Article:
Creating a Spark Hoping for a Fire.

   Awhile back I had the opportunity to take 4 ten year old boys out to experience salmon fishing from shore.  I couldn't wait to share my fishing passion with these young men.  Now these are real boys, burping, laughing, running, yelling video game playing boys.  The plan was to take them up to Port Washington WI and use 3 way swivel bottom bouncing rigs to pull some of the last eatable salmon coming in from Lake Michigan.  
 
     We started out the door at 3am to work our way up state so we could secure our spot on the harbor wall by 4:30am.  This was no small feat when you consider that I last heard the boys laughing and talking around midnight.  Finally on the road I found myself alone with my thoughts as all 4 boys quickly fell back asleep for the 2 hour trip.  When we arrived at our destination I found that we had just made it in time and would be in a good location as we saw fish rising in the darkness.  The tributaries of  Lake Michigan have start time restrictions and that gave me time to chat with the locals and finish rigging up all 5 rods by headlamp.  The boys were busy running around and watching the fish jump from the rail.  Just kidding, they are video game playing boys so while I tied knots and weights, they played video games huddled around a lone tablet.
     While the boys stayed busy shooting zombies I finished baiting up and listening to the chatter on the wall.  Stories of big fish caught and the smell of coffee filled the air and I was getting extremely restless waiting in the dark.  Finally the signal was given and we all stood shoulder to shoulder and dropped our lines into the water.  With in a few minutes one of the boys got a bite and in his excitement snagged my line.  That brought the other boys over to see what was going on and soon we had all 5 lines tangled.  As I calmly lit a cigarette and started cutting the rigs apart I realized that the standard 3way wasn't gonna work if any of us wanted to actually to catch a fish.  With 5 knots per rig I was looking at a case of carpal tunnel syndrome by noon.  I had to think of better i.e. faster way to effectively get these boys fishing.  I decided a standard sliding weight rig was the way to go since 1 knot was faster than 5.  I was right and soon we were back in the hunt.  Lots of lost fish later and way to many smiles to count I was again tying up rigs.  By this point I was tying up palomar knots to the weights and snells perfection looped through the dipsy sinker.  We were having fun the boys were starting to wander.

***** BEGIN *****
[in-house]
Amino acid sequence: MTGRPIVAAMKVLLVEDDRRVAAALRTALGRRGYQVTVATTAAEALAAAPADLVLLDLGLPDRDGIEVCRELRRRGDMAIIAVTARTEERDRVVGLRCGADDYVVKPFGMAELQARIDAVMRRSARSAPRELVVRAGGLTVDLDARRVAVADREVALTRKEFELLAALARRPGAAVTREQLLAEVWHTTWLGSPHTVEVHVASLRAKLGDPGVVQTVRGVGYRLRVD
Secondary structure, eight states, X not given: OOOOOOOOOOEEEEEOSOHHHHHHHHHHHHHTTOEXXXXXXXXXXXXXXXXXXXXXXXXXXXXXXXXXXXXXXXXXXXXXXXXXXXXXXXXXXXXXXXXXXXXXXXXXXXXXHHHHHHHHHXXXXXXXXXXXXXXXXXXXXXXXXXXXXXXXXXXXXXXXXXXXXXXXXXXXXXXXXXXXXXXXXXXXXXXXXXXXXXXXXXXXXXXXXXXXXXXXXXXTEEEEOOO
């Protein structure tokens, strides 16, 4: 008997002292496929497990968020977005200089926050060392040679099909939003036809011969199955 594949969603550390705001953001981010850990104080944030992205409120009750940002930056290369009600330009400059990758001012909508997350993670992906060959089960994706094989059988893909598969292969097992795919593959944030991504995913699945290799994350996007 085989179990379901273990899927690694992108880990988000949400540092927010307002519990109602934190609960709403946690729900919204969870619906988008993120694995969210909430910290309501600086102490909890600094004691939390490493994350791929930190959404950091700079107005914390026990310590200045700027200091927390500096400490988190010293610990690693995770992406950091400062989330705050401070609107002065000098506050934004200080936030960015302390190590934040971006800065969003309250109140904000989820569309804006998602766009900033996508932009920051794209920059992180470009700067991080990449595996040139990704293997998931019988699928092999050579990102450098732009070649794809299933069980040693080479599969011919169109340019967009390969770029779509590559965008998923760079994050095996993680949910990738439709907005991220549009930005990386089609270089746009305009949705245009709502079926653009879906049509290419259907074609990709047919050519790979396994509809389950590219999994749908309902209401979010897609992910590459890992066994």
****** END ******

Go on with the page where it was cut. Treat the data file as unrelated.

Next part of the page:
One thing I have learned from fishing with my kids and teaching kids to fish through scouts (both cub scouts and girl scouts) is that they need to be allowed to be kids.  I can get pretty intense and serious when I am fishing.  That usually spells disaster when kids go fishing.  They need time to explore, get loud, talk, laugh and sometimes they fish too.  The boys wandered down the harbor wall and spent a lot of time running off to see the fish others were catching.  They were having so much fun I almost forgot one of the boys was still fishing.  
     Now this was when the day got interesting.  The boys were down fishing the bridge that crosses the river, casting and eating all my doughnuts.  The sudden yelling got everybody's attention and sent me running down the wall and across the bridge.  I couldn't believe the sight I was seeing, here was one of my scouts with his ultralight panfish pole hooked into a 25 pound salmon and giving that 6 pound line the work out of a lifetime.  The fight went on for almost 20 minutes!  The people on the wall were cheering him on and he was so in the moment that at one point he almost fell through the railing on the bridge.  I tried to keep him calm and reminded him to breathe when he would turn red.  The fish was eventually landed and the smiles and high fives were infectious.  Do to the condition of the fish we decided to release it because the meat wouldn't be very good.  He agreed that if it was already rotting alive it probably wouldn't be good dead.  Everybody on the wall congratulated him as we worked our way back to our spot.  He proudly exclaimed that it was the biggest fish he has ever caught and I quickly set about getting photos and texting the surely proud parents.
Now that's a proud kid!
     Once we all calmed down we set out about fishing again, the bite was starting to slow and the boys were getting restless.  I asked them if they were ready to go and they said almost.  What they meant was they were busy poking dead salmon and will be ready soon.  I started gathering up the gear and loading it back in the car to head to Madison.  We grabbed the stringer with the fish we had caught, a nice female brown full of eggs and a very tasty salmon, and headed to the cleaning station. We hung the fish and gathered for a photo.
     Fillets and eggs bagged up we took one last walk around the wall and talked about the fun we had.  As a father and Cubmaster I never fail to be impressed by the intelligence of our youth.  They have an amazing way of showing us that life is meant to be enjoyed not trudged through.  Until next time please take a kid fishing.  You may just create the spark that starts a fire.  
     Tight Lines.

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